The Mills administration says it is open to applying for federal money to deliver free at-home rapid COVID-19 tests to Maine residents, similar to a pilot program in New Hampshire.

Abbott’s BinaxNOW COVID-19 Ag Card Home Test. Ben McCanna/Staff Photographer

In New Hampshire, the program delivered 800,000 at-home tests to residents in early December, running out of supplies in just 24 hours. The federally funded effort – a pilot program under the National Institutes of Health and the federal Centers for Disease Control and Prevention – has shipped 5.5 million tests to select areas of the country, but is already out of funding, according to the Washington Post.

Gov. Janet Mills cast doubt on the feasibility of such a program during a media briefing Wednesday. But administration spokeswoman Lindsay Crete said Friday that Maine would “absolutely” be open to participating in free at-home delivery of rapid tests if the Biden administration expands the pilot program or re-starts it.

“Her immediate concern is ensuring that Maine would be able to stand up a program that delivers results for Maine people, taking into account the availability of tests and the rural nature of the state,” Crete said in an email response to questions. “However, the governor is open to ideas on how the state can expand the availability of testing, alongside the federal government, and her administration will continue to work to do so.

During Wednesday’s briefing, Mills said the state is working to expand testing but questioned the feasibility of sending free tests to residents and indicated it was not being considered in Maine.

“Home delivery? It’s not like delivering pizza,” Mills said.


The program has proven so popular in New Hampshire that Gov. Chris Sununu said the state would use its own funds if necessary to continue it. New Hampshire, like Maine, is in the midst of a record-breaking surge of COVID cases. The home tests were delivered by trucks.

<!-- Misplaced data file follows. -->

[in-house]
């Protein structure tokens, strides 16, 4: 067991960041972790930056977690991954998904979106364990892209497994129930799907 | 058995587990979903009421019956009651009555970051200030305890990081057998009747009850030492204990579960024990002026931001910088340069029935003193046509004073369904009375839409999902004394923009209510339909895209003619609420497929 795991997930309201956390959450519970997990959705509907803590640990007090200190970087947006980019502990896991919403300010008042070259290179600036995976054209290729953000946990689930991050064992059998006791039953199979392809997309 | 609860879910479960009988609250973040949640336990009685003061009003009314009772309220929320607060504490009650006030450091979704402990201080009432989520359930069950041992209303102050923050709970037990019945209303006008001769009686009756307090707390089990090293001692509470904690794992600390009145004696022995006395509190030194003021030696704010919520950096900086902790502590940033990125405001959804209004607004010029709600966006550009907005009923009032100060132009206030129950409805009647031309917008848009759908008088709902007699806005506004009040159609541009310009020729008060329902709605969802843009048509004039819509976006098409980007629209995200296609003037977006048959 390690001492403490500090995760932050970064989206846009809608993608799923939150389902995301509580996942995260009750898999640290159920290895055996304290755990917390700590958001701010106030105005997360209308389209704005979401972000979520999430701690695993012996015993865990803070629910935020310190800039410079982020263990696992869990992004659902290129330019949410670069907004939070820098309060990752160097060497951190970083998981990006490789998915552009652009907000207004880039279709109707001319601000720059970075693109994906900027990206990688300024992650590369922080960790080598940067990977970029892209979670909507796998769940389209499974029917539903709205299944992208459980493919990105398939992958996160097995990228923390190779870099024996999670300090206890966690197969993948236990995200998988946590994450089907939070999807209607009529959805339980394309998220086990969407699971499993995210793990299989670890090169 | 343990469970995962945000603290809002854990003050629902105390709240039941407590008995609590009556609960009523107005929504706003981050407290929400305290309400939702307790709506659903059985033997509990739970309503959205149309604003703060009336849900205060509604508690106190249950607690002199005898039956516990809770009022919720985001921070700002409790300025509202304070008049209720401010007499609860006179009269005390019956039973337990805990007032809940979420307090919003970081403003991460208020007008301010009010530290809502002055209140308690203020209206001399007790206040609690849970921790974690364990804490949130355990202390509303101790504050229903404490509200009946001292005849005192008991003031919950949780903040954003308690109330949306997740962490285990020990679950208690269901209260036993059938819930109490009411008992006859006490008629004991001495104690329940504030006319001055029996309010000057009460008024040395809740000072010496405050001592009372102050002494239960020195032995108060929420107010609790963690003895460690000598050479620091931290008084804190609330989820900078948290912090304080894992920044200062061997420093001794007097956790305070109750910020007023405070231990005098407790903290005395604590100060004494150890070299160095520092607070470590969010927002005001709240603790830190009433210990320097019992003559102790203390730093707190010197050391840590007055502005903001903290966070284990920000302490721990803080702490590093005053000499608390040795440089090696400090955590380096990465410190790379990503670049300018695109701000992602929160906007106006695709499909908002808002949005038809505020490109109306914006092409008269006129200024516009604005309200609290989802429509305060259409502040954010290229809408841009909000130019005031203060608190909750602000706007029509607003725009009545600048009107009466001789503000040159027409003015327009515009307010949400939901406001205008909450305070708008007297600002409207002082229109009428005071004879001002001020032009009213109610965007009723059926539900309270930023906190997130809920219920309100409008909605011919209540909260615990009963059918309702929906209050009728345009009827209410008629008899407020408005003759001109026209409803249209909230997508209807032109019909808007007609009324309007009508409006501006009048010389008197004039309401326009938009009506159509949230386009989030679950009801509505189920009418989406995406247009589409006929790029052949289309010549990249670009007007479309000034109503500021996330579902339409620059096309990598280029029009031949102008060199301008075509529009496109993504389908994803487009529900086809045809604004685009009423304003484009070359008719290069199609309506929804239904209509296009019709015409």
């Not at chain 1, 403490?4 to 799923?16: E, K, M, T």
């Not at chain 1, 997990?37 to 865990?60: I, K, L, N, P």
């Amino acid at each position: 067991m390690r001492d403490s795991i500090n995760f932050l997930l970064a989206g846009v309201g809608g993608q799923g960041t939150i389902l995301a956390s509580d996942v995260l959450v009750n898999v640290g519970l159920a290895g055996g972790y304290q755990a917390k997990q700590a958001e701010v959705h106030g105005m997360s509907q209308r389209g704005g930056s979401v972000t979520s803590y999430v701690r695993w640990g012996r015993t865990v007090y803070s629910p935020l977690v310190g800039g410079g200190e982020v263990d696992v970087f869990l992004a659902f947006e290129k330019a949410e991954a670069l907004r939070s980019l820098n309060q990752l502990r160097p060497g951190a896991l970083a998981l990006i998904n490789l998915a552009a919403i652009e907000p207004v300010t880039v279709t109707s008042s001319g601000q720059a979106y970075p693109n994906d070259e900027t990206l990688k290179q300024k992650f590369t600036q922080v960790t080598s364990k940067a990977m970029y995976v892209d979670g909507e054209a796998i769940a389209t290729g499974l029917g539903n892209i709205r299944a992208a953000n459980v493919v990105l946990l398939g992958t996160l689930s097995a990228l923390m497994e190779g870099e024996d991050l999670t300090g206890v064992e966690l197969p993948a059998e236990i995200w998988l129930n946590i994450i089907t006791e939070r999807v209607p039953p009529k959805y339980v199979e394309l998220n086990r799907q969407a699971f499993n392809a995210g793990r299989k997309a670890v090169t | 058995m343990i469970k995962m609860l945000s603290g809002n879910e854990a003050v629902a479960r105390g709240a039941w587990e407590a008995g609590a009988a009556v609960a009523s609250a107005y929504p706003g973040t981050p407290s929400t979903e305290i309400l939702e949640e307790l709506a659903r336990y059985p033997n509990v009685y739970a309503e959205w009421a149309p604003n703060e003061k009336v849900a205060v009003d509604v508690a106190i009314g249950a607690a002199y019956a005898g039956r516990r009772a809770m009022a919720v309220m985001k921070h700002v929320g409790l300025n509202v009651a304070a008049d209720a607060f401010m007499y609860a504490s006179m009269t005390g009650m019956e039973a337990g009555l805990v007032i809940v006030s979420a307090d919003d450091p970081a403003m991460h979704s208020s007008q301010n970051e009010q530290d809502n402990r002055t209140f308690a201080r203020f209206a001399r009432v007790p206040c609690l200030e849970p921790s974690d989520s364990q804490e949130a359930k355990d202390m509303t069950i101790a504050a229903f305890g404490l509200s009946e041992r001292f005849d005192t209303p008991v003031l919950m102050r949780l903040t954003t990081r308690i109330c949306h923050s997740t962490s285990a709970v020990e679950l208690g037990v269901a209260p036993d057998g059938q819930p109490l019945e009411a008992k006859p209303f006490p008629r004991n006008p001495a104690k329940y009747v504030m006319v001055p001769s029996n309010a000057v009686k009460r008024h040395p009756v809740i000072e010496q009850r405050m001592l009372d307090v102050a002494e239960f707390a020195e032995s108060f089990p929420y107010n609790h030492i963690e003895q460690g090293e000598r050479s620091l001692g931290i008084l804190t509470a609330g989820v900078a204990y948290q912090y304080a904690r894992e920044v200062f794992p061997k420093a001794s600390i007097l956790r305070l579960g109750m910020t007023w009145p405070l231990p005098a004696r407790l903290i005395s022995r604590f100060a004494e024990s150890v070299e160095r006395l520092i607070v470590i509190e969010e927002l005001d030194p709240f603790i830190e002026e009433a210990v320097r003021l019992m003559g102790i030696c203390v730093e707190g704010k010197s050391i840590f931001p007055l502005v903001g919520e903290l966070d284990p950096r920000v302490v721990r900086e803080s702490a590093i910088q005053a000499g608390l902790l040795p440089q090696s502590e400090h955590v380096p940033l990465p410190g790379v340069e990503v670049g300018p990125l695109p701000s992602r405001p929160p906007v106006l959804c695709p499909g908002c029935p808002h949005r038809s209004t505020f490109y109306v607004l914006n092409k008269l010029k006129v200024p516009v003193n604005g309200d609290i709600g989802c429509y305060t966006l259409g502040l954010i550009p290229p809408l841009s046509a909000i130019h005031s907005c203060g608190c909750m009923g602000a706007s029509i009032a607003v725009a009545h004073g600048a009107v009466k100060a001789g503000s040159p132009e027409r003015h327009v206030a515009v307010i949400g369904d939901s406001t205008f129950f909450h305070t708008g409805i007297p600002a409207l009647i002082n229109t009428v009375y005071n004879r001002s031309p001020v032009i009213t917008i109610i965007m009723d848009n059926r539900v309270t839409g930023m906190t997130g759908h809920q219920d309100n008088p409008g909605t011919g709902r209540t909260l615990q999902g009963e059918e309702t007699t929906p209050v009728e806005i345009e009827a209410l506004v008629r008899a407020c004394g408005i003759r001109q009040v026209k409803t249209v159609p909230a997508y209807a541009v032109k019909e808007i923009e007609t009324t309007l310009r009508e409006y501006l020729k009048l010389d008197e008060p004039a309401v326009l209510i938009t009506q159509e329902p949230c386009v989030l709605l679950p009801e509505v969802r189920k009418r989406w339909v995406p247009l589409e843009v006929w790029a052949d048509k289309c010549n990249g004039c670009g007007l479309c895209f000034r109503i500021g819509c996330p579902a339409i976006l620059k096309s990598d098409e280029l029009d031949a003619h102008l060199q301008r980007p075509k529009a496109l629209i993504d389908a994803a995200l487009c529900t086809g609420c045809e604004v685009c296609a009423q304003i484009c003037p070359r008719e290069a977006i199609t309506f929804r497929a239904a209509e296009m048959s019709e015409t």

“The demand was so high, and I really believe it is a key aspect in pushing back on transmission of this virus,” Sununu said in an interview with Bloomberg News.

Other states that have participated in the pilot program include Hawaii, Georgia, North Carolina, Tennessee and Washington.

Whether the program will be restarted or expand is unclear, but the issue of delivering rapid tests to homes was part of a contentious exchange between a reporter and White House press secretary Jen Psaki on Monday. Psaki said sending free tests to everyone across the nation would be costly, but public health experts criticized that stance, arguing that making tests free and as convenient as possible will help end the pandemic.

In a tweet Tuesday, Psaki said the Biden administration has a sweeping plan for testing, with details to be released later.

“Our focus is on ensuring everyone in America has access to free testing, whether at a doctor’s office, pharmacy, community testing site or at home. We are continuing to scale up our testing program to meet demand and ensure people who want tests are getting tests,” Psaki said in a tweet.


A shortage of tests and a spike in demand because of holiday travel and rising case numbers have forced some in Maine and other states to wait days for appointments, potentially getting sicker or spreading the virus.

Crete said testing availability is already a key part of Maine’s strategy to combat COVID-19.

Maine reported its highest single-day case count Friday, with 2,148 new cases, as the pandemic continues to intensify. The Maine National Guard is being brought in to help hospitals with capacity, and the federal government also approved Maine to be part of a program where health care professionals come to Maine Medical Center in Portland to help with the COVID-19 surge.

“The governor believes that widely available, accessible, and affordable testing – both rapid and PCR – is a crucial strategy to detecting COVID-19 and reducing its spread, and she shares the concern of Maine people about the availability of testing, particularly rapid antigen tests,” Crete said.

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